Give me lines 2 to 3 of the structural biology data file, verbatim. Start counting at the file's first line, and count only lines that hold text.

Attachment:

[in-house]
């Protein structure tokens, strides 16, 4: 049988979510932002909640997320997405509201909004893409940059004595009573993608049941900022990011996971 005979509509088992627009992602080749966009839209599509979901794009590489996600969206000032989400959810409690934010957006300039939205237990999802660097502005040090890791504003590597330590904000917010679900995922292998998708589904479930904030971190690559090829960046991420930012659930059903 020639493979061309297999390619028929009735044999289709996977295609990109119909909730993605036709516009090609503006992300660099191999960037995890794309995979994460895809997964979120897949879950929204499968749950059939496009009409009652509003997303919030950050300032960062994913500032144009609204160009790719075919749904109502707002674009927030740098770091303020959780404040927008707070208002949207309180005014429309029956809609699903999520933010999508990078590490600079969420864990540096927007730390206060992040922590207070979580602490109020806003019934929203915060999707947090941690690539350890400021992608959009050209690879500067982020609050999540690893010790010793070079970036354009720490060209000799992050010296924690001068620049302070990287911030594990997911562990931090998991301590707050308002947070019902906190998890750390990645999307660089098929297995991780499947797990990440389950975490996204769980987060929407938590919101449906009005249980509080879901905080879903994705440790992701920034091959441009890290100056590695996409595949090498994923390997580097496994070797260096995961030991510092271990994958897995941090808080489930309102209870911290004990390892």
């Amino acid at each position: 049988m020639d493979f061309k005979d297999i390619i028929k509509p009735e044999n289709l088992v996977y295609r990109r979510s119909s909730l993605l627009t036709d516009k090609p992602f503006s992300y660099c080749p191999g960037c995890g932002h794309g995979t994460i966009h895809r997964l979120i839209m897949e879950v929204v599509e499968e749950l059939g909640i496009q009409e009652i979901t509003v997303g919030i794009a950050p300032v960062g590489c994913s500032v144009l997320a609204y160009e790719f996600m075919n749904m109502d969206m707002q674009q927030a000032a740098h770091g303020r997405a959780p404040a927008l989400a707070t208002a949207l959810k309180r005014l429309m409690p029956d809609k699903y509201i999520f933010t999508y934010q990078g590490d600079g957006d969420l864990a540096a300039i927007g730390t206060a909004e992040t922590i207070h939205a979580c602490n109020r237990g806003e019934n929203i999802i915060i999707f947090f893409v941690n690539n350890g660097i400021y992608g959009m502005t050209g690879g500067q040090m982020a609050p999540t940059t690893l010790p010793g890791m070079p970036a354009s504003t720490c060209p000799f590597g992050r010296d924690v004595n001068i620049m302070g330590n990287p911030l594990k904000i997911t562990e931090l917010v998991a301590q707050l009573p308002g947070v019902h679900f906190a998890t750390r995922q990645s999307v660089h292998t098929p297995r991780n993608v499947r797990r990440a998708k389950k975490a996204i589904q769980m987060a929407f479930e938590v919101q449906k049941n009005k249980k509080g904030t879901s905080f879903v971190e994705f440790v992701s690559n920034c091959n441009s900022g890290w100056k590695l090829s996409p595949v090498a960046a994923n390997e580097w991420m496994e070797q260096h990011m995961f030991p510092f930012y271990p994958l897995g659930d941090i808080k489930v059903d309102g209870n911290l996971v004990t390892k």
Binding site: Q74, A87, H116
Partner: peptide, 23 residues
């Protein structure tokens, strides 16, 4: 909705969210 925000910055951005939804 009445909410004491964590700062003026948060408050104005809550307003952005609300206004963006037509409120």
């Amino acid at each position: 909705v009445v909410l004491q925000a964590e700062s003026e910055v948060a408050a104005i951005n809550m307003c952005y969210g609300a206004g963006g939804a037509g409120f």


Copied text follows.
């Protein structure tokens, strides 16, 4: 049988979510932002909640997320997405509201909004893409940059004595009573993608049941900022990011996971 005979509509088992627009992602080749966009839209599509979901794009590489996600969206000032989400959810409690934010957006300039939205237990999802660097502005040090890791504003590597330590904000917010679900995922292998998708589904479930904030971190690559090829960046991420930012659930059903 020639493979061309297999390619028929009735044999289709996977295609990109119909909730993605036709516009090609503006992300660099191999960037995890794309995979994460895809997964979120897949879950929204499968749950059939496009009409009652509003997303919030950050300032960062994913500032144009609204160009790719075919749904109502707002674009927030740098770091303020959780404040927008707070208002949207309180005014429309029956809609699903999520933010999508990078590490600079969420864990540096927007730390206060992040922590207070979580602490109020806003019934929203915060999707947090941690690539350890400021992608959009050209690879500067982020609050999540690893010790010793070079970036354009720490060209000799992050010296924690001068620049302070990287911030594990997911562990931090998991301590707050308002947070019902906190998890750390990645999307660089098929297995991780499947797990990440389950975490996204769980987060929407938590919101449906009005249980509080879901905080879903994705440790992701920034091959441009890290100056590695996409595949090498994923390997580097496994070797260096995961030991510092271990994958897995941090808080489930309102209870911290004990390892």
């Amino acid at each position: 049988m020639d493979f061309k005979d297999i390619i028929k509509p009735e044999n289709l088992v996977y295609r990109r979510s119909s909730l993605l627009t036709d516009k090609p992602f503006s992300y660099c080749p191999g960037c995890g932002h794309g995979t994460i966009h895809r997964l979120i839209m897949e879950v929204v599509e499968e749950l059939g909640i496009q009409e009652i979901t509003v997303g919030i794009a950050p300032v960062g590489c994913s500032v144009l997320a609204y160009e790719f996600m075919n749904m109502d969206m707002q674009q927030a000032a740098h770091g303020r997405a959780p404040a927008l989400a707070t208002a949207l959810k309180r005014l429309m409690p029956d809609k699903y509201i999520f933010t999508y934010q990078g590490d600079g957006d969420l864990a540096a300039i927007g730390t206060a909004e992040t922590i207070h939205a979580c602490n109020r237990g806003e019934n929203i999802i915060i999707f947090f893409v941690n690539n350890g660097i400021y992608g959009m502005t050209g690879g500067q040090m982020a609050p999540t940059t690893l010790p010793g890791m070079p970036a354009s504003t720490c060209p000799f590597g992050r010296d924690v004595n001068i620049m302070g330590n990287p911030l594990k904000i997911t562990e931090l917010v998991a301590q707050l009573p308002g947070v019902h679900f906190a998890t750390r995922q990645s999307v660089h292998t098929p297995r991780n993608v499947r797990r990440a998708k389950k975490a996204i589904q769980m987060a929407f479930e938590v919101q449906k049941n009005k249980k509080g904030t879901s905080f879903v971190e994705f440790v992701s690559n920034c091959n441009s900022g890290w100056k590695l090829s996409p595949v090498a960046a994923n390997e580097w991420m496994e070797q260096h990011m995961f030991p510092f930012y271990p994958l897995g659930d941090i808080k489930v059903d309102g209870n911290l996971v004990t390892k």